Although the Mustangs only had seven players versus the Pinkies who had 12, they held their own throughout the game. Of course, no bias was shown by referee Nathaniel Parkinson who did a great job of protecting the more mature Purple Pinkies from being run over by the Mustangs. Luckily, no immediate injuries occurred during play, but I’m sure there were some sore muscles the next day.
The scoring went as follows:
Pinkies, 15; Mustangs, 8
Pinkies, 33; Mustangs, 22
Pinkies, 48; Mustangs, 29
Pinkies, 54; Mustangs, 40
Redway School principal Julie Johansen not only took abuse on the court, but earlier in the day faced a plethora of flying pies in the face to help raise money for Rotary International’s PolioPlus Program.
She said, “I was covered. I even had to take a shower before the game. But, it sure was a lot of fun and for a good cause.”
This is one of Johansen’s last events at the school as she has taken a job as principal of Toddy Thomas School in Fortuna.
Before the game a free throw shootout was held to raise money for PolioPlus. Rotary’s final tally isn’t in yet, but students and their families from Redway School raised $2,100 for the eradiation of this horrible disease. There are currently only three countries left where cases of polio have occurred in the last year. They are Afghanistan, Nigeria and Pakistan and it is hoped they will be polio-free in the very near future.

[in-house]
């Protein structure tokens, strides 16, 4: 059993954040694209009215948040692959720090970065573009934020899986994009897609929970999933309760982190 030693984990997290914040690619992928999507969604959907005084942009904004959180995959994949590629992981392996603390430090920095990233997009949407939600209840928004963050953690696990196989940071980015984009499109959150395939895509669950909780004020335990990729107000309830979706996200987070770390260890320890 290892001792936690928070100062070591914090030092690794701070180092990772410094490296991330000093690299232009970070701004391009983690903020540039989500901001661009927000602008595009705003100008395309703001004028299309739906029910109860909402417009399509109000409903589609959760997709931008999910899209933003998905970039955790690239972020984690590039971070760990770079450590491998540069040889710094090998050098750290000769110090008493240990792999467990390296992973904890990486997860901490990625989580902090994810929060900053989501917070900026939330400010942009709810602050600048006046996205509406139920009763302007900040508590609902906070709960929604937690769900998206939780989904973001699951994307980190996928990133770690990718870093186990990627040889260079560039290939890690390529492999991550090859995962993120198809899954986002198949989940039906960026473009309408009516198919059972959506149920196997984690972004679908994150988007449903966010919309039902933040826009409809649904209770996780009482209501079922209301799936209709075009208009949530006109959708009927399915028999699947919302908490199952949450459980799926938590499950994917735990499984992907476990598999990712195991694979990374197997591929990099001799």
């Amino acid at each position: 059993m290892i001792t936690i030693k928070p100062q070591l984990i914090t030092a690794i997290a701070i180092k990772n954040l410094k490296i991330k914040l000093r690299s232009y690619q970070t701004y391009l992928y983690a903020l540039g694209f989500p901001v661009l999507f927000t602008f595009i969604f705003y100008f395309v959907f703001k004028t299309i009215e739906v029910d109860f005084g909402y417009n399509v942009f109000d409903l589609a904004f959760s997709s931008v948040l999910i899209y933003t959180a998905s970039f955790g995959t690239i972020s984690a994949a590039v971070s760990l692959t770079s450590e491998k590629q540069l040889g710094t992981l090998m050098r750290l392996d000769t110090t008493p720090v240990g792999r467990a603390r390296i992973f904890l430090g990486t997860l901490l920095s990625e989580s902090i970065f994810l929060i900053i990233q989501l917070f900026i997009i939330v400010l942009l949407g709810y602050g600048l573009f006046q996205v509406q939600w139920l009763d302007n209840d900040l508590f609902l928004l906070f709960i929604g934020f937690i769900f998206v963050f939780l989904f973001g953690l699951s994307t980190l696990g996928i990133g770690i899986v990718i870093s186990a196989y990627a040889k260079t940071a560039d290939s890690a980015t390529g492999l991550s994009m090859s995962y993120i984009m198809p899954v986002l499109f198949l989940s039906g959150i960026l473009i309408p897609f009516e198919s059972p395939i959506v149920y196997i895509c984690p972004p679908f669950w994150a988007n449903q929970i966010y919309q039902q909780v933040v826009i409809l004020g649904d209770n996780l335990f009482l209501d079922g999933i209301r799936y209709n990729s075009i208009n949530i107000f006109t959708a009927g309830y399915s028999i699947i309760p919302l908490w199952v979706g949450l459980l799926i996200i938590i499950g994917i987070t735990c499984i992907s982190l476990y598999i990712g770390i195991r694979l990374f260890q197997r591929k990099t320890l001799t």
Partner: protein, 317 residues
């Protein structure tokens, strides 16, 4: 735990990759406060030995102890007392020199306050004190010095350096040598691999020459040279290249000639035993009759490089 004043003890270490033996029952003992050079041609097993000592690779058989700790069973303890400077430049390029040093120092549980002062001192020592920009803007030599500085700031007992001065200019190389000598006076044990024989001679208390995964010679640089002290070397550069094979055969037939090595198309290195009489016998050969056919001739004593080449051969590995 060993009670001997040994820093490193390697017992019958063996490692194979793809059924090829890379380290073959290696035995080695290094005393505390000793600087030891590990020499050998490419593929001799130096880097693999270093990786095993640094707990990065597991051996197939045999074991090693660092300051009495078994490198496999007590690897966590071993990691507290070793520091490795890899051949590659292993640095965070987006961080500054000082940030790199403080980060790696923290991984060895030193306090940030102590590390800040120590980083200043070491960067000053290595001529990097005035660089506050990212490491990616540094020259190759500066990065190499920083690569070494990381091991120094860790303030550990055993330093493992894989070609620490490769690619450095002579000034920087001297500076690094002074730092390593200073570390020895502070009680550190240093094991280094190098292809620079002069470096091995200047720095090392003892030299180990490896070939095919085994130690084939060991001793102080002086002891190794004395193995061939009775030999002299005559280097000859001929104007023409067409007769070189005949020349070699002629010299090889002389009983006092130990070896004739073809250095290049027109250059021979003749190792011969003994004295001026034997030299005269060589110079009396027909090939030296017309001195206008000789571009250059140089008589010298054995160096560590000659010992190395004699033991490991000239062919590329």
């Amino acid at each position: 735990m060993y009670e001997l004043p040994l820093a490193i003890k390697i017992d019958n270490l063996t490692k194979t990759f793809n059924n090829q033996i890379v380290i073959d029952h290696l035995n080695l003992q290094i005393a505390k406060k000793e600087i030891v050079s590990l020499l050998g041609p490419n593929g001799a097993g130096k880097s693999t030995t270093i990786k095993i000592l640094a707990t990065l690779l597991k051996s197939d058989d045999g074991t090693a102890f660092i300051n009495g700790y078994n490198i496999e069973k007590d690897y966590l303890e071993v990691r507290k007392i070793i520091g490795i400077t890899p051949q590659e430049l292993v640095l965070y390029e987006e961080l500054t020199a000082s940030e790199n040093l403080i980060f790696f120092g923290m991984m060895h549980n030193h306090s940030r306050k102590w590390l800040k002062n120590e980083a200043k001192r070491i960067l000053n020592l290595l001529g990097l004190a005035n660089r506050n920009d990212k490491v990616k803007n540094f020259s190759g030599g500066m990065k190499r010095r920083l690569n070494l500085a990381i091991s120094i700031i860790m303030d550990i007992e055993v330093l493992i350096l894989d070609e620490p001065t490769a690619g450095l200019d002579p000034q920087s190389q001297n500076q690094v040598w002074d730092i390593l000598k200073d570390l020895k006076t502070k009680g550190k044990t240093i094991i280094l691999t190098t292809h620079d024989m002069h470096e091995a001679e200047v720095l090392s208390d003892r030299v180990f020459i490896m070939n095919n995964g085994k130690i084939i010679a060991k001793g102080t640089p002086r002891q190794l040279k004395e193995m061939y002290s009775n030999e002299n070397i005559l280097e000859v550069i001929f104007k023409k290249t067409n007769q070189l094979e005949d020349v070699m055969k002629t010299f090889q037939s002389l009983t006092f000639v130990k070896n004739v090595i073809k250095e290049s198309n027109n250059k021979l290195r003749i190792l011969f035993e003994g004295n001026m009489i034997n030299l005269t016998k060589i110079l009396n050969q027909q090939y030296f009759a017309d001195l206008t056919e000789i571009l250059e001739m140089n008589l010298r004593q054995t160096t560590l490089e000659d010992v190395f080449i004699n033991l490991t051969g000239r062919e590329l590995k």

As part of the global polio eradication effort in 2010, 2.2 billion doses of the polio vaccine were administered to more than 400 million children during 309 vaccination campaigns in 40 countries. And there was a more than 90% drop in cases for one of the polio-endemic countries - Nigeria.
The Global Polio Eradication Initiative (GPEI) is committed to achieving a polio-free world. Rotary is a spearheading partner in the GPEI, along with the World Health Organization, UNICEF, and the U.S. Centers for Disease Control and Prevention. The Bill & Melinda Gates Foundation also has as a priority the eradication of polio and is working closely with the GPEI.
Rotary International is an organization of business and professional leaders with 1.2 million members worldwide in more than 200 countries. The PolioPlus program is the organization’s top philanthropic priority. When Rotary launched the program in 1985, there were over 350,000 cases of polio worldwide in more than 125 countries.
Since then, Rotary has worked through the GPEI to help immunize more than two billion children and reduced the number of polio cases by 99%. By the time the world is certified poliofree, Rotary’s contributions to the global polio eradication effort will exceed $1.2 billion. This constitutes nearly 14% of all contributions to the global budget through 2010 and represents approximately 66% of private sector contributions to the initiative.
The Garberville Rotary Club is very proud to be part of this endeavor and members have contributed quite a substantial amount over the past few years.
Special thanks goes out to everyone who helped with the door and food, especially Liz Ziganti and Greg at Lotus Mountain for the great T-shirts.
REDWOOD TIMES PHOTOS BY SUSAN GARDNER
1. Ringer Ryder Pfau shoots a free throw for the Redway Mustangs.
2. Garberville Rotarian and Purple Pinkie Tammy Harrison is supposed to be guarding Ryder Pfau.
3. And the Purple Pinkies score - or did they?
4. Garberville Rotarian and Redway School principal Julie Johansen shoots a free throw for the Purple Pinkies. She will be hard to replace on the basketball court next year.
5. The winning Purple Pinkies share the spotlight and trophy with the 7th grade Redway Mustangs after the game.